So thats it no covenant for England. Or will the two archbishops try to tell us what we really think or Need

Posted by: Laurence Roberts on Saturday, 24 March 2012 at 4:10pm GMT

RIP the 'punishment plans' that wanted to exclude liberals from the ACommunion after making attitudes to homosexuals the litmus test of Orthodoxy. If the extreme Evangelicals now wish to gather round the distasteful views of eg Nigeria, then their breakaway church is not in the name of the English nor the Church of England.
What Fulcrum and Rowan and his advisers, and indeed the Bishops (who are now seen to be so out of touch) forgot, is that as the Established Church, the CofE belongs in some senses just as much to its non-attenders as to its 'members'. The CofE is not a toy that belongs to an Archbishop (cf other Provinces?!)) but to the English people, who find homophobia abhorrent and scandalously distasteful. And are looking for a lead to move the church on, which everybody THOUGHT they had in ++Rowan, but which will now be the job of the new ABC. I am so relieved and overjoyed, and as ever, rather more genuinely and generously committed to the Anglican Communion than people like Graham Kings suggest opponents are. Lets get back to business as usual in the Communion, and those who choose to exclude themselves because they are anti-gay will hopefully return and get the bigger picture. The Gospel.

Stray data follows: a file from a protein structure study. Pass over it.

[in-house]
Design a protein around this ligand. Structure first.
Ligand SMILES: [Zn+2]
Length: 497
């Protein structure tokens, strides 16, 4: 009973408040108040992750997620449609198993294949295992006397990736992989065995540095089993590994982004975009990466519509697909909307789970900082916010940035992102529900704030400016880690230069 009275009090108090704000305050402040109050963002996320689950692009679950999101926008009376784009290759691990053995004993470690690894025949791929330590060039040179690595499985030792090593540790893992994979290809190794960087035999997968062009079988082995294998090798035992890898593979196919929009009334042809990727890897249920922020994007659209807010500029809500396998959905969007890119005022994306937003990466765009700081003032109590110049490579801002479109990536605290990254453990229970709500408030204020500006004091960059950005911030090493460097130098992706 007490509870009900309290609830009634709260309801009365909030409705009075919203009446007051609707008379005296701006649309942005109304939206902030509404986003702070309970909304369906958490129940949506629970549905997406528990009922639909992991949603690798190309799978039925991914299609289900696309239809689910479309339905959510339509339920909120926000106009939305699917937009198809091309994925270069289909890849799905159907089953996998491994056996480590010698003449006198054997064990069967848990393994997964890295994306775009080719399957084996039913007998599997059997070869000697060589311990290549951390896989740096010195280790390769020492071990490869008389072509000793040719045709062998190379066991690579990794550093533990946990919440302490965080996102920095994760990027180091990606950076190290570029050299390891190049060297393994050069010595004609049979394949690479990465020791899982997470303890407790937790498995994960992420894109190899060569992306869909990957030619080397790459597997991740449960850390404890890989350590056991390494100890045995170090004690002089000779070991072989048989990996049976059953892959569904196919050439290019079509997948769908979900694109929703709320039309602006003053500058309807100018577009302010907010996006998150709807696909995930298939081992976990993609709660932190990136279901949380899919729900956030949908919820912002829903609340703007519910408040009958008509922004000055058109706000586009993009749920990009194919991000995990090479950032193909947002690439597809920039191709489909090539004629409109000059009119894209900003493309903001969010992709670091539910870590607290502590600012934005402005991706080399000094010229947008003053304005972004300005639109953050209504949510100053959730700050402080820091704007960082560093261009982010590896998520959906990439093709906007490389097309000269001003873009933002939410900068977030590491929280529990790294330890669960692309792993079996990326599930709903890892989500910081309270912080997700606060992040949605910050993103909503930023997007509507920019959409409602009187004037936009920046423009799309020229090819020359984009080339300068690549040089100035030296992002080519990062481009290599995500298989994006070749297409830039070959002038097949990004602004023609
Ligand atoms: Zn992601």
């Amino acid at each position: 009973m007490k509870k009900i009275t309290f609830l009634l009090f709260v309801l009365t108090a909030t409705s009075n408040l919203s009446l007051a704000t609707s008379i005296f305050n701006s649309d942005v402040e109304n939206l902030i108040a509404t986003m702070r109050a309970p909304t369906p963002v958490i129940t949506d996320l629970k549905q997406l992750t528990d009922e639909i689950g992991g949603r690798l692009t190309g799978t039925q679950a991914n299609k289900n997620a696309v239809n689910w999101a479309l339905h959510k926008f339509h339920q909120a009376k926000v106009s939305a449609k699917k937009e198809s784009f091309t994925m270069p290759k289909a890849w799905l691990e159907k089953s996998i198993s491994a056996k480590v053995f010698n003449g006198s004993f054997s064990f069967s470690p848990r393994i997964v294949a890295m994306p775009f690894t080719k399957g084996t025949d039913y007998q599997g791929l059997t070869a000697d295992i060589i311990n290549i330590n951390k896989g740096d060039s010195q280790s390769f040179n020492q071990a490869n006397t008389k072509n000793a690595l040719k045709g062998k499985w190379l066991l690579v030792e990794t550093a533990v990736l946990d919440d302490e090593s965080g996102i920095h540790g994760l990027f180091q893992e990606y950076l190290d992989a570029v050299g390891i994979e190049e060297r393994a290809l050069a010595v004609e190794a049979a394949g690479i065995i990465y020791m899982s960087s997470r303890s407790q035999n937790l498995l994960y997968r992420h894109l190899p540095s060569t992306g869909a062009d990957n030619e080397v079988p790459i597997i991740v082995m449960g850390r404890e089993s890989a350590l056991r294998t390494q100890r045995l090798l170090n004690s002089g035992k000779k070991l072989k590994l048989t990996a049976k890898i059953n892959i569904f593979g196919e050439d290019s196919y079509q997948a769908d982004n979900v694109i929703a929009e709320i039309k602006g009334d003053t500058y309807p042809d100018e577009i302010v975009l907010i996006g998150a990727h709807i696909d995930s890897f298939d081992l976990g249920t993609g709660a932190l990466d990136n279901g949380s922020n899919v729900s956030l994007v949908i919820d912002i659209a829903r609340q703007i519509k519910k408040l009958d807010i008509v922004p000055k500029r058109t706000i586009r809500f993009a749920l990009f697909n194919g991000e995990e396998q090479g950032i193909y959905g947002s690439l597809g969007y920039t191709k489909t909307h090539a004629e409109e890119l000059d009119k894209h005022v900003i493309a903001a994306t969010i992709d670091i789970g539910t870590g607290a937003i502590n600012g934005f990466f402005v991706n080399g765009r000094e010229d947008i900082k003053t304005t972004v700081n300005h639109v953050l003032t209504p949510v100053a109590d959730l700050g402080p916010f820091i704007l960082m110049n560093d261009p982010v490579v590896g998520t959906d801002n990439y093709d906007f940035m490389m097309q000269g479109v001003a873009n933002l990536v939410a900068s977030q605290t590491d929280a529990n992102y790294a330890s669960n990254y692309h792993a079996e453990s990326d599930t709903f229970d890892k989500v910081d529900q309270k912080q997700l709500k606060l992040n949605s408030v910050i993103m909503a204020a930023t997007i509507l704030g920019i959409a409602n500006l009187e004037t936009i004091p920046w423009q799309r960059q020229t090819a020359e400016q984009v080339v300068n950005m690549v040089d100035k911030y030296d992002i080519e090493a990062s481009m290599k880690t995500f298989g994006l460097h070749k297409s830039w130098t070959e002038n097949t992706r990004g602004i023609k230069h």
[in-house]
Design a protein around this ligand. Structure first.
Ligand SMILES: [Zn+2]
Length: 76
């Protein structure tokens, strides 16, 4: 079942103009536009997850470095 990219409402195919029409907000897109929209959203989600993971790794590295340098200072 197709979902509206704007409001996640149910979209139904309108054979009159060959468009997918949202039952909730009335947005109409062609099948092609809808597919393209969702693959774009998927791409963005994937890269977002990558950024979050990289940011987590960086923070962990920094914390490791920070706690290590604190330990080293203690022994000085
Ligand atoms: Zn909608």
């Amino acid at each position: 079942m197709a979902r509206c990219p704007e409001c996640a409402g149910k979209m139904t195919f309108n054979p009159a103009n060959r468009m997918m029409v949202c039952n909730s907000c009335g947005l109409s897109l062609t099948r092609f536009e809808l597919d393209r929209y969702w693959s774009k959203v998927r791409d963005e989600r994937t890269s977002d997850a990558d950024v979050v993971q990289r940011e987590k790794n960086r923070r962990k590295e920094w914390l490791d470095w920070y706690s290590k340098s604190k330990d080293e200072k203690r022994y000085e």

Posted by: Neil on Saturday, 24 March 2012 at 4:16pm GMT

There's joy in south Louisiana.

What is Plan B for the supporters of the covenant? I'm sure something is in the works.